Papers of the American School of Classical Studies at Athens — 5.1886-1890

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DISCOVERIES AT PLATAIA.

from the "west end is the best-preserved, its extreme height being 3.85
m.* The wall makes a rather sharp turn at Z', and thence runs almost
due north, with a few slight angles, for over 150 m., finally being lost
amid a tangle of blocks and house-walls, which continue till within
50 m. or so of V. The wall runs throughout on almost level ground,
and no traces of a gate appear. Below the point 0, near the road, are
19 m. of the inner facing of a Avail, built of large cut blocks, appar-
ently of the second jjeriod. No connection could be made out between
it and the main western wall, and it is probably all that remains of a
wall figured in Stanhope's map, but of which all other traces are now
lost. At P, there are scanty remains of a wall of the same period,
half-way down the rather steep, earth-covered slope, and above this is
a right angle, apparently a corner of a tower, built of small stones
and mortar, while a little further north there is a large mass of the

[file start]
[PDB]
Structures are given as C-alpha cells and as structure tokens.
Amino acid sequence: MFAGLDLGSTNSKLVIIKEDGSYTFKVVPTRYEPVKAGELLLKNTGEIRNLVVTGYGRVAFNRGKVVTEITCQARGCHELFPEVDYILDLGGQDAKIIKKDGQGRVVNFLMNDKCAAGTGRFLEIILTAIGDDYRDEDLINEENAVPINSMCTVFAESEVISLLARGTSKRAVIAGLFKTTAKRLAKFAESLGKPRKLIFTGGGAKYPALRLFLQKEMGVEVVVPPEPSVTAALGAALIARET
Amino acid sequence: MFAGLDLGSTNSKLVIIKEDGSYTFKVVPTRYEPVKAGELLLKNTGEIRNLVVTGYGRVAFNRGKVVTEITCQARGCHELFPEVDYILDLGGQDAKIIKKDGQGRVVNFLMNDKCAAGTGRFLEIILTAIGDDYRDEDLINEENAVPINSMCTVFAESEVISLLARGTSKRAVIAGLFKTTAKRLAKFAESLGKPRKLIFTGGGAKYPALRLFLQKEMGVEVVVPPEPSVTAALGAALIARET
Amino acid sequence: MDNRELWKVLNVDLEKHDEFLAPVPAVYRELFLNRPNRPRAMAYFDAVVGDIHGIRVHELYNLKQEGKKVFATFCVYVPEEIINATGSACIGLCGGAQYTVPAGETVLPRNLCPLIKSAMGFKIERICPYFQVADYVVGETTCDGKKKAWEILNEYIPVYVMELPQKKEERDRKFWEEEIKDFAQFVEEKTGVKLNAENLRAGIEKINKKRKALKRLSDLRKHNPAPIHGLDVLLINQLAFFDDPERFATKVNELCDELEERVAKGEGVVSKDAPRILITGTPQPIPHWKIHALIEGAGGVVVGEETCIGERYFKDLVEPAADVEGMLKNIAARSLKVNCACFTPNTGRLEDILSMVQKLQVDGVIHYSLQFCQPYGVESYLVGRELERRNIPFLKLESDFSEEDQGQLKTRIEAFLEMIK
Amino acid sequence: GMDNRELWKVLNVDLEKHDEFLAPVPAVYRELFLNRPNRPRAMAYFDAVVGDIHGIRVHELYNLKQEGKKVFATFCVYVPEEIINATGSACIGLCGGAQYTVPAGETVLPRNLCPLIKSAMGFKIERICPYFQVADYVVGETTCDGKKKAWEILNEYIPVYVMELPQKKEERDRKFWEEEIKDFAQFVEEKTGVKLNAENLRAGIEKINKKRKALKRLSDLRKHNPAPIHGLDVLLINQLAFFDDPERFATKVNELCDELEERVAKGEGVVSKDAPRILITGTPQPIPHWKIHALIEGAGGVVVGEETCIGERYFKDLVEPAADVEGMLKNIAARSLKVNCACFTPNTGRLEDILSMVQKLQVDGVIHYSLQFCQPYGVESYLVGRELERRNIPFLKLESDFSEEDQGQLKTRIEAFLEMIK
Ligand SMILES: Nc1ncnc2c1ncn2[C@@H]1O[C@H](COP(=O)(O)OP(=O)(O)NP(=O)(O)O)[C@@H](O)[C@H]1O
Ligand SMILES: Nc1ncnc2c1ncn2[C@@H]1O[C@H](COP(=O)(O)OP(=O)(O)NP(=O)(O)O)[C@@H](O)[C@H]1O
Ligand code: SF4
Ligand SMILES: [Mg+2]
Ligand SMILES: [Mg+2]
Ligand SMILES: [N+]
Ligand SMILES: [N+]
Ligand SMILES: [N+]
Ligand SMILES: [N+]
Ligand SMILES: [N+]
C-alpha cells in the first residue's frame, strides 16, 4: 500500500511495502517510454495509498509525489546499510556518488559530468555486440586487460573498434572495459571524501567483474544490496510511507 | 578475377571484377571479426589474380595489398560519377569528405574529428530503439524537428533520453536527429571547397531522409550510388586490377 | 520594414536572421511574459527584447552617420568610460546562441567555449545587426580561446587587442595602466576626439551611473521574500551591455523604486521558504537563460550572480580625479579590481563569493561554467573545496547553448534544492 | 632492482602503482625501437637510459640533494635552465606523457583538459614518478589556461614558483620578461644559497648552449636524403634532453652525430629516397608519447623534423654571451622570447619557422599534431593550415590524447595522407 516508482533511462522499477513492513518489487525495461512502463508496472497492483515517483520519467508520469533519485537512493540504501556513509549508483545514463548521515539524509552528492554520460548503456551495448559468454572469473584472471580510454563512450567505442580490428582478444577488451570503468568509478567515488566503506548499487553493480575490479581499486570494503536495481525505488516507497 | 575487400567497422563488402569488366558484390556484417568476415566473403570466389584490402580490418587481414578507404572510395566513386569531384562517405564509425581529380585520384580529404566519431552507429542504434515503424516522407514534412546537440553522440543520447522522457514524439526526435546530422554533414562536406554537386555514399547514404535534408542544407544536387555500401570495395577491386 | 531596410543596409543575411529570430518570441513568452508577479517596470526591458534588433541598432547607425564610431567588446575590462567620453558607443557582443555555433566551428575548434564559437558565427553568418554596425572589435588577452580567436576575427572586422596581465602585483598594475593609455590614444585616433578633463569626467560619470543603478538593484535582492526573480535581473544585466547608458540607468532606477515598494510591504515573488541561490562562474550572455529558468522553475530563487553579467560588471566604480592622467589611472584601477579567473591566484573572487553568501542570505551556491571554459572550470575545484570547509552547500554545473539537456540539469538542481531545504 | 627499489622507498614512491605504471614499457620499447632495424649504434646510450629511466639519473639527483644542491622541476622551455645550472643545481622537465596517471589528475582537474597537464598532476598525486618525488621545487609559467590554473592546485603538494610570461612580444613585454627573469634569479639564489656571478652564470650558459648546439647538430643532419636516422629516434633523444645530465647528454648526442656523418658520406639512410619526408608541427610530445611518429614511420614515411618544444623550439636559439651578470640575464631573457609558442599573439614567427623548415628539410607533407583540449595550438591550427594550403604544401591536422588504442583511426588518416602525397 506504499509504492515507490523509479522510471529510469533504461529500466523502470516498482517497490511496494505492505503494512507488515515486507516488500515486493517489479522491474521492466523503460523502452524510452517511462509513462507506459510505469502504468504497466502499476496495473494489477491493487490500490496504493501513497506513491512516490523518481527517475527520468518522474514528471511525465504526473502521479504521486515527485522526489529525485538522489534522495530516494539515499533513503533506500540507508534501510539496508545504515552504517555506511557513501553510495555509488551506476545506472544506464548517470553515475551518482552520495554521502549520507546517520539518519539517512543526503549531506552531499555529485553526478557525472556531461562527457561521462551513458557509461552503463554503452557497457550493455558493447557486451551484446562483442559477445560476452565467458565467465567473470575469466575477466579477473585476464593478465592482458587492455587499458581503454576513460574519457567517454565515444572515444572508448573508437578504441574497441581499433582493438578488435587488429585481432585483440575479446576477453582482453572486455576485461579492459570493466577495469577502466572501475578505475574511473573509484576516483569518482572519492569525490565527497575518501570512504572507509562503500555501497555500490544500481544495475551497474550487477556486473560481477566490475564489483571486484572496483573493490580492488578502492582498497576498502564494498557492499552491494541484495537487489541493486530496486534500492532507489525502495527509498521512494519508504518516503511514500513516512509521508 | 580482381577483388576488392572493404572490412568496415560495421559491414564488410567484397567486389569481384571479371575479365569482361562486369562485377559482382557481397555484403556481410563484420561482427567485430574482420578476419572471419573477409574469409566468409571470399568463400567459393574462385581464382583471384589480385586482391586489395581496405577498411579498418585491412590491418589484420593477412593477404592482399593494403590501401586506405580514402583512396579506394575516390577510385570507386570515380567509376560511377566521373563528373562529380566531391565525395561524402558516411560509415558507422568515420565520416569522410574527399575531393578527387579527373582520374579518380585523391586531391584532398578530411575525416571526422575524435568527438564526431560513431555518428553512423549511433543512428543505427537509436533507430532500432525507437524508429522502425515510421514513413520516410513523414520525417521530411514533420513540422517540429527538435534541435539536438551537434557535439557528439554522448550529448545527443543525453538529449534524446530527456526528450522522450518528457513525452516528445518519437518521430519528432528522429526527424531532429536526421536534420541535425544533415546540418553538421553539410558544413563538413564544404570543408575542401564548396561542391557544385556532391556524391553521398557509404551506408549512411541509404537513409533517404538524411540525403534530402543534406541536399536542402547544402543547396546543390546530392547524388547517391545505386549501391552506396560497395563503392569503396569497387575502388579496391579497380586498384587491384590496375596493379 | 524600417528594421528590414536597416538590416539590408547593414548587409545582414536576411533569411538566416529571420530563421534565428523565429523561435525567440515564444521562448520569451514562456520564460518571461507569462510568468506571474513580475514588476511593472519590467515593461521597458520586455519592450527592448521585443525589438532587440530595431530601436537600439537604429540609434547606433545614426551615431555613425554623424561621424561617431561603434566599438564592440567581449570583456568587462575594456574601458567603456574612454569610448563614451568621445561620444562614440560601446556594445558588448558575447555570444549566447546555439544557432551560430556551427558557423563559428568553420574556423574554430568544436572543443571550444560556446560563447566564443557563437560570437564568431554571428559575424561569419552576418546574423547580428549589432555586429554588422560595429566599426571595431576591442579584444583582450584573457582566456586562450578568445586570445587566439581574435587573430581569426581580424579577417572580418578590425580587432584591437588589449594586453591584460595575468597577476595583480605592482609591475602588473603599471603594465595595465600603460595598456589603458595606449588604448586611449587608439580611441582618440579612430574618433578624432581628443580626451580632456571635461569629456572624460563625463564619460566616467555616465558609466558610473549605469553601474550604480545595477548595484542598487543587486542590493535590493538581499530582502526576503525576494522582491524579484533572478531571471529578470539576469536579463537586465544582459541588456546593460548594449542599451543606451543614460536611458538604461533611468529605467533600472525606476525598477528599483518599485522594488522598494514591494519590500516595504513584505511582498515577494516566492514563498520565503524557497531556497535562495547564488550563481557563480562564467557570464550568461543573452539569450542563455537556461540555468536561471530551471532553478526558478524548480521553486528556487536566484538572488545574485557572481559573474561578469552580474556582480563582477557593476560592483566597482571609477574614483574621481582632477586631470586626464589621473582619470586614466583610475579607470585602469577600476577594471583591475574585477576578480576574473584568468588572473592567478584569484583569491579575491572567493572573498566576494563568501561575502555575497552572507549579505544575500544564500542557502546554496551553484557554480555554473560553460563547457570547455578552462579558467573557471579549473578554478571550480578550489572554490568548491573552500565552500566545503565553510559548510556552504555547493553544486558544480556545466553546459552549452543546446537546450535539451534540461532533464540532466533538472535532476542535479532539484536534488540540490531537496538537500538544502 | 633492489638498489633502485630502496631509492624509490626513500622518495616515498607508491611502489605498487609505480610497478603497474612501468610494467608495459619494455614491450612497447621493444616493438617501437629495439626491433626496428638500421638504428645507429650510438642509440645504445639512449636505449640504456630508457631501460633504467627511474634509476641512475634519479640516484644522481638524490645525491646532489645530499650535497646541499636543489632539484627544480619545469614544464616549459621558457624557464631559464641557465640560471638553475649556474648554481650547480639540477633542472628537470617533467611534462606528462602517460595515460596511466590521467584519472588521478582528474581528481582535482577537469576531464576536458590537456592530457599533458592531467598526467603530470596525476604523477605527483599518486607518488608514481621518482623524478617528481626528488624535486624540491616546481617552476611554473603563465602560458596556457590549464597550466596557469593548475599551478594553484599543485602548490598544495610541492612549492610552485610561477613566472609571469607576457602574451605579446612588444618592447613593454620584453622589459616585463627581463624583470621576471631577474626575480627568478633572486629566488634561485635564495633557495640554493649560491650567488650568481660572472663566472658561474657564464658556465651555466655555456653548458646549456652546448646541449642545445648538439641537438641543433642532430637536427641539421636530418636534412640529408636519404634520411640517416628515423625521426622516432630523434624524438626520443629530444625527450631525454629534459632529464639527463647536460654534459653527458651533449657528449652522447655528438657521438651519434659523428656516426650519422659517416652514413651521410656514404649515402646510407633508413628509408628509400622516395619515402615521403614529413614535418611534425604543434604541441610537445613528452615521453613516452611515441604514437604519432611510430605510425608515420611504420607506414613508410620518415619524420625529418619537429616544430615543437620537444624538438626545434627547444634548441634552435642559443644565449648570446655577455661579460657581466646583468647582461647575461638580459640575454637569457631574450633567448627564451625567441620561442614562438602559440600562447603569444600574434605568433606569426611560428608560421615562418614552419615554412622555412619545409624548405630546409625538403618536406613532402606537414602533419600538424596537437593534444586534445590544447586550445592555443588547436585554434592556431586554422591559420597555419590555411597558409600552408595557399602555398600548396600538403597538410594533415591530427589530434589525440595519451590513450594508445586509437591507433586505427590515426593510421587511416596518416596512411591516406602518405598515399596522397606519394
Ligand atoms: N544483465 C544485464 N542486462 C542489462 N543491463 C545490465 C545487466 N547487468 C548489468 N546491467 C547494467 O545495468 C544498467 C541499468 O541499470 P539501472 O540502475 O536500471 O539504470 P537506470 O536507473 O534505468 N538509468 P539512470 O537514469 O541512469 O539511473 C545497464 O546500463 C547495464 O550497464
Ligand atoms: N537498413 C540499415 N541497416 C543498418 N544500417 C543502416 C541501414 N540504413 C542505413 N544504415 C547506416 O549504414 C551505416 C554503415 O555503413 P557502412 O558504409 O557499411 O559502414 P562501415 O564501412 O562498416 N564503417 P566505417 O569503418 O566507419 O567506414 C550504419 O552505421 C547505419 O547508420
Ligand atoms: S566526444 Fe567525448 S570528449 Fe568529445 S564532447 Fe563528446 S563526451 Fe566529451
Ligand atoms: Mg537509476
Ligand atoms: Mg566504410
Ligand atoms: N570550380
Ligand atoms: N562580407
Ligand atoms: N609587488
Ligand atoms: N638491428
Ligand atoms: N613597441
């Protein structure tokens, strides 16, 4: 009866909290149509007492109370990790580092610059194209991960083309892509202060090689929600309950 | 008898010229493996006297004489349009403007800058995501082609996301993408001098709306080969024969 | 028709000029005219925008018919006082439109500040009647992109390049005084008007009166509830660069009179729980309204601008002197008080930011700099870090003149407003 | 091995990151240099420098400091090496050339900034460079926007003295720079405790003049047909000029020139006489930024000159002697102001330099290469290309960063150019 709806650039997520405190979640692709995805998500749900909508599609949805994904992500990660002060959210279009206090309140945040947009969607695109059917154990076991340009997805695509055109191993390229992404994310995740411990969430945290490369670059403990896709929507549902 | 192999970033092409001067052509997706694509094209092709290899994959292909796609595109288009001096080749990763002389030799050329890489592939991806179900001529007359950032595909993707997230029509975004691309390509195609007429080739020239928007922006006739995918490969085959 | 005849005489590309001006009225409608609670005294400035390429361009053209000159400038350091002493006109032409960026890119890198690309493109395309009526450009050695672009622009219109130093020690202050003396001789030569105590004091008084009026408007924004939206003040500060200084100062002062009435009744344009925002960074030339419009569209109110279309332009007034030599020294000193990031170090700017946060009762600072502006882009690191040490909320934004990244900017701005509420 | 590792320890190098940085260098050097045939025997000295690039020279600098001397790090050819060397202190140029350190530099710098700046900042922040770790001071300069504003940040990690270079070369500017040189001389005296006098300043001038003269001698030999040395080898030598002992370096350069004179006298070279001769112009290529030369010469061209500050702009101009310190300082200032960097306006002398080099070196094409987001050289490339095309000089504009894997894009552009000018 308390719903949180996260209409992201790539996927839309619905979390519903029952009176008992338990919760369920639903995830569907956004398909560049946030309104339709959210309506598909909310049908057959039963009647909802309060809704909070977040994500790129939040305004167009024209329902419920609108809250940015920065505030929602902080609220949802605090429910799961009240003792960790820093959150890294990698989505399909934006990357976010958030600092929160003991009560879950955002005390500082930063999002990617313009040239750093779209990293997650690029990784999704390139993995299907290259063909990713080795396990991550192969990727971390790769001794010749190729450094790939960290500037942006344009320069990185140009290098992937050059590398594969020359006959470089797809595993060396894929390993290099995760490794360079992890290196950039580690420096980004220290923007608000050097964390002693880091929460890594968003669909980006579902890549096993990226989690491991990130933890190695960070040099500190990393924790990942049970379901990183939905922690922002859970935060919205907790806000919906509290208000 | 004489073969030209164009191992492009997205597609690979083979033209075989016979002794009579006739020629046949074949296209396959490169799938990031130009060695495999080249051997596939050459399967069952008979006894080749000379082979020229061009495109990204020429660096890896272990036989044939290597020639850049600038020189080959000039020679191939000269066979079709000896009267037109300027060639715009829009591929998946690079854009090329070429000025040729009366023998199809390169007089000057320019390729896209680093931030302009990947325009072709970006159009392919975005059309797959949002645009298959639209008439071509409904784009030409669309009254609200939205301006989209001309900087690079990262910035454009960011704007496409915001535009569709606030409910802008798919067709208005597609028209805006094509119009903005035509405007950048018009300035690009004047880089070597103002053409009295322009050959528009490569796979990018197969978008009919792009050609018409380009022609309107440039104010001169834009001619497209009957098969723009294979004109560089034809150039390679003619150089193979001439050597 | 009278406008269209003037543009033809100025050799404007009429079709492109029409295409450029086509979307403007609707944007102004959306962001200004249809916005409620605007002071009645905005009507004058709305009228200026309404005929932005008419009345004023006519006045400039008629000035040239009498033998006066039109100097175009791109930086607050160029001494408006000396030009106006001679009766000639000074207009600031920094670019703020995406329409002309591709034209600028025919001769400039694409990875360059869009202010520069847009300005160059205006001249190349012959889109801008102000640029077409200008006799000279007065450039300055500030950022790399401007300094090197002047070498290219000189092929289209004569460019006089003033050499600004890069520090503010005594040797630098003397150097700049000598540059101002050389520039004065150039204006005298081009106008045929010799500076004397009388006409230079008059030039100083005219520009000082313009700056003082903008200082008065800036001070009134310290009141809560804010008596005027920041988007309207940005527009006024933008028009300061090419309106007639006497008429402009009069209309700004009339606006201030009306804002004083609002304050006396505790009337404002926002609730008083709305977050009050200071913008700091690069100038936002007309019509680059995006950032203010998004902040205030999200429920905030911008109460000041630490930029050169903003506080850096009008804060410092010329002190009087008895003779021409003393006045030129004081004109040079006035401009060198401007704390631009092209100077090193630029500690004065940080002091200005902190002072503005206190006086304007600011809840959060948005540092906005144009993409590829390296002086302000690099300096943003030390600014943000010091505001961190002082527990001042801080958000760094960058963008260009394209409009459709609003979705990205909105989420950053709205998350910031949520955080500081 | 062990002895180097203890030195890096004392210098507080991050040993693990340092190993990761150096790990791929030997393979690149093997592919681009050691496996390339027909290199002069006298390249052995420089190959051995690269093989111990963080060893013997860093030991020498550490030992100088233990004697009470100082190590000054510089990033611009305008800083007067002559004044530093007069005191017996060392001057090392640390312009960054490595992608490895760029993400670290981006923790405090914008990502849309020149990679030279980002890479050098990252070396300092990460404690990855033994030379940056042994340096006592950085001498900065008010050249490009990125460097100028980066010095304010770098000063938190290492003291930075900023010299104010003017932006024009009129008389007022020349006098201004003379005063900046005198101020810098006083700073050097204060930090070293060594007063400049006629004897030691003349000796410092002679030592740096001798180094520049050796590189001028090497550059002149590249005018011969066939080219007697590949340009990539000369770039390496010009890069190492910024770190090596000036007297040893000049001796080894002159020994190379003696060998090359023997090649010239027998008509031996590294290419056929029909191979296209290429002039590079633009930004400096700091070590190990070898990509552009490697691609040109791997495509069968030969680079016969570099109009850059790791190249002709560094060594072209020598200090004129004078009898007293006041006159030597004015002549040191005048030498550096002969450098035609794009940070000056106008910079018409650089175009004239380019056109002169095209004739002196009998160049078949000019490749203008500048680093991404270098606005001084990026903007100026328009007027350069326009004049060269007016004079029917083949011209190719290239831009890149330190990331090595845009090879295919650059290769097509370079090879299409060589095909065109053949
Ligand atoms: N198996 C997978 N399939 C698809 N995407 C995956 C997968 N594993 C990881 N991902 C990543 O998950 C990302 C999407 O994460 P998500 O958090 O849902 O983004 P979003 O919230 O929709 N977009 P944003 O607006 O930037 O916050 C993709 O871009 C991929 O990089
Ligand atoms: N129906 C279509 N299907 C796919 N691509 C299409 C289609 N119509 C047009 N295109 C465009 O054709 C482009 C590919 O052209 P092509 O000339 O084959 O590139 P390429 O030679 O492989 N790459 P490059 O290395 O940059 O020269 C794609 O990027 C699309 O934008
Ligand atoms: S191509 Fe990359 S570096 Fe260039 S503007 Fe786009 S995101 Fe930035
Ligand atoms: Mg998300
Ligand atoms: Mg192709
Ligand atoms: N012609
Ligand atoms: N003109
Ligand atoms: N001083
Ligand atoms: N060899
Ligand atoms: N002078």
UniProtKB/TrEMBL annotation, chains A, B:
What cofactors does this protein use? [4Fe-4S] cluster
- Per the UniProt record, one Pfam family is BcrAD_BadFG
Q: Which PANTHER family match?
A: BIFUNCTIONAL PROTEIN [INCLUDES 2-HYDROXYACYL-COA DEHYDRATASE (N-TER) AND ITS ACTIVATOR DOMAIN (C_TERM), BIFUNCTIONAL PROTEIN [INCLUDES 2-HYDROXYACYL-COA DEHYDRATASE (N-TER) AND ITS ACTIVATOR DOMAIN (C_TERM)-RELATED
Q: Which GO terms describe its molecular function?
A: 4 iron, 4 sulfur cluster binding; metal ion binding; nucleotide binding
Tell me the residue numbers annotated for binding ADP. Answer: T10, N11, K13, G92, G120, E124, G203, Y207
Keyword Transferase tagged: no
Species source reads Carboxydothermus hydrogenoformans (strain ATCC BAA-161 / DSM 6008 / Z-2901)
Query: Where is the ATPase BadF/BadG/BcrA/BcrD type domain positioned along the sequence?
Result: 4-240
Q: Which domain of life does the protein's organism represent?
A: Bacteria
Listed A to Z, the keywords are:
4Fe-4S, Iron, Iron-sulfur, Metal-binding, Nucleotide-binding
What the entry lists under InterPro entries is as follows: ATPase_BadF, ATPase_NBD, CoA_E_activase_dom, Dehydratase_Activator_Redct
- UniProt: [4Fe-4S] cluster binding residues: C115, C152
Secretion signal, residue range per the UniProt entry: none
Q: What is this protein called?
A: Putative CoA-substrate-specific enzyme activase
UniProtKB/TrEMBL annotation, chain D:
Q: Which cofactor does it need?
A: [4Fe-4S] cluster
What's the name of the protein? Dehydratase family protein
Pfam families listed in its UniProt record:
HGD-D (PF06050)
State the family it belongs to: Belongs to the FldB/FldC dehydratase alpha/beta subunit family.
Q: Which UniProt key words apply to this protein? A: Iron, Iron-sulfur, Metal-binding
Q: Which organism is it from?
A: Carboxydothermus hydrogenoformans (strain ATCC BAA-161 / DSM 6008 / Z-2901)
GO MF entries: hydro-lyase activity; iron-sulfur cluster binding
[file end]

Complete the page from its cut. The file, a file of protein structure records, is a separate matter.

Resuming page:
same material.

From 0 to Q the main wall is lost, but at this latter point we come
upon rock-cuttings, and hence to R the line of the Avail can be made
out, in a straight line, by the leveling of the tops of the rocks for
the reception of the blocks. All along this part of the west wall
the side of the plateau is fairly steep and quite high, perhaps 15 m.
above the road to Thebes. The slope, except toward the top, is not
rocky, but of earth. Below the stretch QR, at two points appear
short lengths of what at first sight looks like early polygonal ma-
sonry ; but a closer examination shows that it is late work. The
stones are very roughly fitted, and in one or two cases have apparently
been taken from an early wall of cut blocks. One block shows a
hole, apparently made for an iron anchor or clamp. Just below the
point R is a grave-cutting.

From the point R, the northwest angle, till half-way between S and
T, the wall remains are short lengths of rough wall made of small
stones and tiles laid in mortar. No trace exists of an earlier wall ex-
cept at S, where there are two pathways cut a few centimetres deep
in the rock, meeting in the line of the wall at an obtuse angle, just
outside which a large rock projects, its top cut away flat and level.
This may have been a small gate where met two paths, coming up
from below. A little to the west of 21, the rock has been cut away
perpendicularly for a few metres, the wall running along its edge.
Hence to U, the wall, 3.30 m. thick, can be seen just above ground,
and belongs apparently to the second period. The remains of one or

* See plate xvii.
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